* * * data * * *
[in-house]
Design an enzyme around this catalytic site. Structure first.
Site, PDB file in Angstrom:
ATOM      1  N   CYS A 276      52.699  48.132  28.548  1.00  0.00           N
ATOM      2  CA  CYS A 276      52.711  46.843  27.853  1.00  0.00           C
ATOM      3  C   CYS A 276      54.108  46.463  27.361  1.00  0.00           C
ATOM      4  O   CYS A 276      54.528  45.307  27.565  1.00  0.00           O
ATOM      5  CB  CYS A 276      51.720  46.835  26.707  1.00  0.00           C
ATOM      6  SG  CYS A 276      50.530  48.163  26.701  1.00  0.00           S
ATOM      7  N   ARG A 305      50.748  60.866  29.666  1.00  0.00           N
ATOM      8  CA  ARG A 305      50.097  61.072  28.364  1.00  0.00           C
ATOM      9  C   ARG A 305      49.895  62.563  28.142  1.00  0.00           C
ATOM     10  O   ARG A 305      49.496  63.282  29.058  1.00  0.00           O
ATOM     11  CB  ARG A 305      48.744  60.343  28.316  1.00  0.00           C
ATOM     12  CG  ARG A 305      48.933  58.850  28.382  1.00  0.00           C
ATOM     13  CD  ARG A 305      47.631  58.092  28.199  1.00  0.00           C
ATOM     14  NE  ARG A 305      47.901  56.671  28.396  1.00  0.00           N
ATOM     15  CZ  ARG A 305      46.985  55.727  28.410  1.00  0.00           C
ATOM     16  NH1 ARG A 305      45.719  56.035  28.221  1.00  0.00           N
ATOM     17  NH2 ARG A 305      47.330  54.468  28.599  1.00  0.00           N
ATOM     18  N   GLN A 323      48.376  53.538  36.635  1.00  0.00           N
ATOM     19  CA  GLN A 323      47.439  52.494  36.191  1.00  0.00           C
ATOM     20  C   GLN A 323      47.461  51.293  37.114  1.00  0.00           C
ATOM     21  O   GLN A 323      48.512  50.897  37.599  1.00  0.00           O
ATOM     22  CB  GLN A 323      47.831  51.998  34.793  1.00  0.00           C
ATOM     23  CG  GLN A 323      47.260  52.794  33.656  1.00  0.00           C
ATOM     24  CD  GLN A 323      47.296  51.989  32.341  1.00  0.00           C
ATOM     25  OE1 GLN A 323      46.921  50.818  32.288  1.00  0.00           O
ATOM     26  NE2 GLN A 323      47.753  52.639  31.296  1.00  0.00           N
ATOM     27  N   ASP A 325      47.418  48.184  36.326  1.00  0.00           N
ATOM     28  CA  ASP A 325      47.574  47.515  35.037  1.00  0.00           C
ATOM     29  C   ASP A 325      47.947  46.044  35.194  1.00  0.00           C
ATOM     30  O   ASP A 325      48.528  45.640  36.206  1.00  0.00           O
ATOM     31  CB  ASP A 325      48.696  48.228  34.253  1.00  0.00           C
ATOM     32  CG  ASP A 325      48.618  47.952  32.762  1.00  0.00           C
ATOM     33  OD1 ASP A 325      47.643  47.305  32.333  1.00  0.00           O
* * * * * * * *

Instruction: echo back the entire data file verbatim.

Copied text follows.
[in-house]
Design an enzyme around this catalytic site. Structure first.
Site, PDB file in Angstrom:
ATOM      1  N   CYS A 276      52.699  48.132  28.548  1.00  0.00           N
ATOM      2  CA  CYS A 276      52.711  46.843  27.853  1.00  0.00           C
ATOM      3  C   CYS A 276      54.108  46.463  27.361  1.00  0.00           C
ATOM      4  O   CYS A 276      54.528  45.307  27.565  1.00  0.00           O
ATOM      5  CB  CYS A 276      51.720  46.835  26.707  1.00  0.00           C
ATOM      6  SG  CYS A 276      50.530  48.163  26.701  1.00  0.00           S
ATOM      7  N   ARG A 305      50.748  60.866  29.666  1.00  0.00           N
ATOM      8  CA  ARG A 305      50.097  61.072  28.364  1.00  0.00           C
ATOM      9  C   ARG A 305      49.895  62.563  28.142  1.00  0.00           C
ATOM     10  O   ARG A 305      49.496  63.282  29.058  1.00  0.00           O
ATOM     11  CB  ARG A 305      48.744  60.343  28.316  1.00  0.00           C
ATOM     12  CG  ARG A 305      48.933  58.850  28.382  1.00  0.00           C
ATOM     13  CD  ARG A 305      47.631  58.092  28.199  1.00  0.00           C
ATOM     14  NE  ARG A 305      47.901  56.671  28.396  1.00  0.00           N
ATOM     15  CZ  ARG A 305      46.985  55.727  28.410  1.00  0.00           C
ATOM     16  NH1 ARG A 305      45.719  56.035  28.221  1.00  0.00           N
ATOM     17  NH2 ARG A 305      47.330  54.468  28.599  1.00  0.00           N
ATOM     18  N   GLN A 323      48.376  53.538  36.635  1.00  0.00           N
ATOM     19  CA  GLN A 323      47.439  52.494  36.191  1.00  0.00           C
ATOM     20  C   GLN A 323      47.461  51.293  37.114  1.00  0.00           C
ATOM     21  O   GLN A 323      48.512  50.897  37.599  1.00  0.00           O
ATOM     22  CB  GLN A 323      47.831  51.998  34.793  1.00  0.00           C
ATOM     23  CG  GLN A 323      47.260  52.794  33.656  1.00  0.00           C
ATOM     24  CD  GLN A 323      47.296  51.989  32.341  1.00  0.00           C
ATOM     25  OE1 GLN A 323      46.921  50.818  32.288  1.00  0.00           O
ATOM     26  NE2 GLN A 323      47.753  52.639  31.296  1.00  0.00           N
ATOM     27  N   ASP A 325      47.418  48.184  36.326  1.00  0.00           N
ATOM     28  CA  ASP A 325      47.574  47.515  35.037  1.00  0.00           C
ATOM     29  C   ASP A 325      47.947  46.044  35.194  1.00  0.00           C
ATOM     30  O   ASP A 325      48.528  45.640  36.206  1.00  0.00           O
ATOM     31  CB  ASP A 325      48.696  48.228  34.253  1.00  0.00           C
ATOM     32  CG  ASP A 325      48.618  47.952  32.762  1.00  0.00           C
ATOM     33  OD1 ASP A 325      47.643  47.305  32.333  1.00  0.00           O